Simply put, the bass is the lowest part of instrumental or vocal music. Today we’ll investigate the musical meaning of what a bass is in musical terms with examples and what the function of bass is in music.
What Is a Bass in Music?
Music has many dedicated bass instruments: bass guitars and double bass come to mind first. But keyboard instruments also have bass sections; think of the lowest notes on the left-hand side of a piano or those huge pipes you see at organs.
The bassoon is a bass instrument in the woodwind family, while the brass section has a tuba. The lowest singing voice in a mixed choir is a male bass.
We will investigate the following bass instruments: bass guitar, double bass, piano and organ bass notes, the bassoon, and the tuba. We’ll also look at some famous bass singers in a choral and solo context.
- Bass Guitar
The bass guitar is associated with music styles such as rock, blues, R&B, and jazz, to name a few. The bass guitar became the replacement for the (orchestral) bass. It forms the harmonic and rhythmic backbone of many bands.
The modern electric bass guitar we know today was first produced by Fender Electric Instrument Manufacturing Company in 1951. You can read more about the bass guitar’s history here.
While the bass guitar is mainly tasked with rhythmic and harmonic parts in a band, it is also an amazingly versatile solo instrument.
- Double Bass
The double bass is easy to notice! It is a huge instrument that performers can play with a bow, or a player can pluck the strings as they usually do in jazz music.
One of classical music’s most imposing bass lines is Wagner’s prelude to Das Rheingold. Eight double basses, divided into two groups, are tasked with playing an E♭1–E♭2 octave, holding it throughout the entire piece for 136 bars! The opening is almost inaudible, but you can feel those notes reverberating.
Or, look at The Elephant from Saint-Saëns’ Carnival of the Animals. Or maybe a concerto for double bass by Bottesini is more to your liking.
The bassoon is a double-reed instrument in the woodwind family. The lowest notes are slightly ‘buzzing,’ while the middle range sounds remarkably human-like. Bassoons are usually used to help the orchestra’s bass lines, the double bass (refer to Das Rheingold example), and tuba.
Here is an example of the bassoon’s versatility. And then there’s the contrabassoon that sounds an octave lower than the bassoon.
Apart from just playing ‘oom-pah band’ types of music in the orchestra, the tuba is the lowest-pitched brass instrument. It is an immensely expressive instrument that helps the orchestra’s bass lines create texture and depth (bass) in the music.
In addition, it supports the orchestra in emotional sections—making the music sound scary (like the Dies Irae in Berlioz’s Symphonie Fantastique). This video features a six-valve tuba—listen to the exquisite bass register the tuba offers.
- Male Bass Singer
The bass is regarded as the lowest singing voice in humans, going down to the E two octaves below middle C. A ‘true’ bass singer is a rarity—most basses are bass-baritones—men who can sing lower notes comfortably.
René Pape is regarded as a true bass. Listen to and enjoy René’s interpretation of Sarastro’s aria (O Isis und Osiris) from Mozart’s opera Die Zauberflöte.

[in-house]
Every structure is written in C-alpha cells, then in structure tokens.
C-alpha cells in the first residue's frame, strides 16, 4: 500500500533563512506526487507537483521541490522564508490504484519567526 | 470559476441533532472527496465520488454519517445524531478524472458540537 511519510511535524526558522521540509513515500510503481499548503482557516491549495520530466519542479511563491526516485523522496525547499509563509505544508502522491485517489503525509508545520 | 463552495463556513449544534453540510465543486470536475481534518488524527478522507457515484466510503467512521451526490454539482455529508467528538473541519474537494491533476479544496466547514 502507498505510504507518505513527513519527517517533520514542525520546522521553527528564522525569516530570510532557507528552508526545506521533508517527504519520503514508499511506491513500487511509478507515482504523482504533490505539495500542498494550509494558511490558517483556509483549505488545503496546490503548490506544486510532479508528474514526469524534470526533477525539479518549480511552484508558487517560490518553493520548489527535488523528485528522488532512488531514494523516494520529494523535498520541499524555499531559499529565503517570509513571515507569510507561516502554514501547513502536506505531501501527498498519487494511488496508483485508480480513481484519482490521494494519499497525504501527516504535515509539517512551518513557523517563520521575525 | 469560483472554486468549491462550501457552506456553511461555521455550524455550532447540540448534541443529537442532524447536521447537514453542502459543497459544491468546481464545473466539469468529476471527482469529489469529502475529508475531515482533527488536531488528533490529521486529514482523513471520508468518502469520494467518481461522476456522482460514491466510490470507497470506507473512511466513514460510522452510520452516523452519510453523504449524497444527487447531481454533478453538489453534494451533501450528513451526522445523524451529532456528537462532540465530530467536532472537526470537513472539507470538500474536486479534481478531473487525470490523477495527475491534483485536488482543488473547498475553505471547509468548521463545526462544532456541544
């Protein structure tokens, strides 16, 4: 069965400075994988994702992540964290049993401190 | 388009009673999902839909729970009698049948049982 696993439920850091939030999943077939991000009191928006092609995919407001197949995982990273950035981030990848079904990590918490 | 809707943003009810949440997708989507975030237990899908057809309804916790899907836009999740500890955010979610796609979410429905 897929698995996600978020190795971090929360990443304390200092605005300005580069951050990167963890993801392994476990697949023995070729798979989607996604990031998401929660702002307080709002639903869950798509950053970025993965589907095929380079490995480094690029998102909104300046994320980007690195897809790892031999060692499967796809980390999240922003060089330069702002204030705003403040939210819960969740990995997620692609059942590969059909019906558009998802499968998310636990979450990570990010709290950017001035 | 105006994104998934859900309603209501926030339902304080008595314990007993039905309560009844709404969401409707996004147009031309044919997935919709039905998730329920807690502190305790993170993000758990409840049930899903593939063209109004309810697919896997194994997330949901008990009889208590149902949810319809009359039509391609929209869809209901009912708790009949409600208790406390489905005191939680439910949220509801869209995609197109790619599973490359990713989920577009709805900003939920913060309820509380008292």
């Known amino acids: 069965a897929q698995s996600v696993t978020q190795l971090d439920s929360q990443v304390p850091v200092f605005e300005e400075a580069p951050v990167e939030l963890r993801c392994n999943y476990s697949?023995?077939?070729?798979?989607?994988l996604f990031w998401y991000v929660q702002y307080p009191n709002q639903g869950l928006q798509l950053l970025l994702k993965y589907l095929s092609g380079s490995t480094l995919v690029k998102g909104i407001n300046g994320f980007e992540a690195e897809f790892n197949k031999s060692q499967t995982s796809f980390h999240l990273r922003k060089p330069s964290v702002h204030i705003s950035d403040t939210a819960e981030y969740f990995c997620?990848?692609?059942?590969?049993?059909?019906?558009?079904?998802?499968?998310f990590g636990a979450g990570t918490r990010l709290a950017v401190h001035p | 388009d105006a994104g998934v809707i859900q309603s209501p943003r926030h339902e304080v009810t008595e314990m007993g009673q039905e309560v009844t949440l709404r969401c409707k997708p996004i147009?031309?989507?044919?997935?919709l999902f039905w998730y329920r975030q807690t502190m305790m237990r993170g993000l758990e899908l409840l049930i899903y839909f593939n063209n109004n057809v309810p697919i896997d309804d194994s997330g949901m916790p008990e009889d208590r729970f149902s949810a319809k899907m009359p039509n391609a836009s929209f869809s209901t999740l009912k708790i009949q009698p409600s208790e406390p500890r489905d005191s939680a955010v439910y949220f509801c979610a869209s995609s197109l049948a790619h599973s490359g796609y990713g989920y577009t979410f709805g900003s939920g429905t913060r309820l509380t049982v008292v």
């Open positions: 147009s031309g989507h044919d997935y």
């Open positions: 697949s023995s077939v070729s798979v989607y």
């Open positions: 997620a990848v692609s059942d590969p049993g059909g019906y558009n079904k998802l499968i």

Boris Christoff was considered by many to be the twentieth century’s greatest bass singer. You can learn more about the different classifications of bass voices here.
To shake things up, some singers can sing even lower than basses, and they are usually found in Russian Orthodox church music.
Enter the Russian Oktavists. These singers can sing exceptionally low—the contra B♭ and even lower in a choral setting. You can learn more about these unique voices by following this link.
The range of Oktavists (source) is below for interest, but it can extend even further!
Functions of Bass in Music
As you’ve seen in eh examples above, the bass in contemporary and classical music fulfills two essential functions: rhythm and harmony. So let’s take a close look at these concepts below.
- Rhythmic Function
Musicians and composers use the bass to strengthen the rhythm of the music and provide a steady pulse to the other musicians. The steady rhythm supplied by the bass also has a physiological effect on the body.
Our bodies’ feel’ bass notes due to bone conduction, and our brains pick up the slower and deeper soundwaves.
In addition, researchers have found that humans prefer slower and deeper sounds (bass soundwaves) because they closely match our heart rates. You can read more about the physiological effects of bass by clicking on this link.
- Harmonic Function
The bass also has a vital function in helping the overall harmonic structure of the music by forming the right root notes in the vertical harmonies above it.
When we hear several notes, our ear and brain seek out the lowest note and relate all the other notes in terms of that note, most Western music is centered on a solid bassline because it provides a firm ‘grounding’ for the music.
This phenomenon can be seen especially in classical music (such as basso continuo parts in the Baroque period) but also in jazz, pop, rock, and other types of music.
We hope you enjoyed learning about bass instruments and how they help the music establish rhythm and harmony.
Music comprises three main elements: melody, harmony, and rhythm—the bass fulfills two of these functions, and without a good bassline, the music won’t sound too good.
However, apart from the rhythmic and harmonic functions bass fulfills, it can also be an excellent solo instrument. It can convey certain moods making the music even scarier or adding comic elements.
The bass can also help to establish certain moods—the bass adds an ominous and frightening aspect to the music in Grieg’s In the Hall of the Mountain King.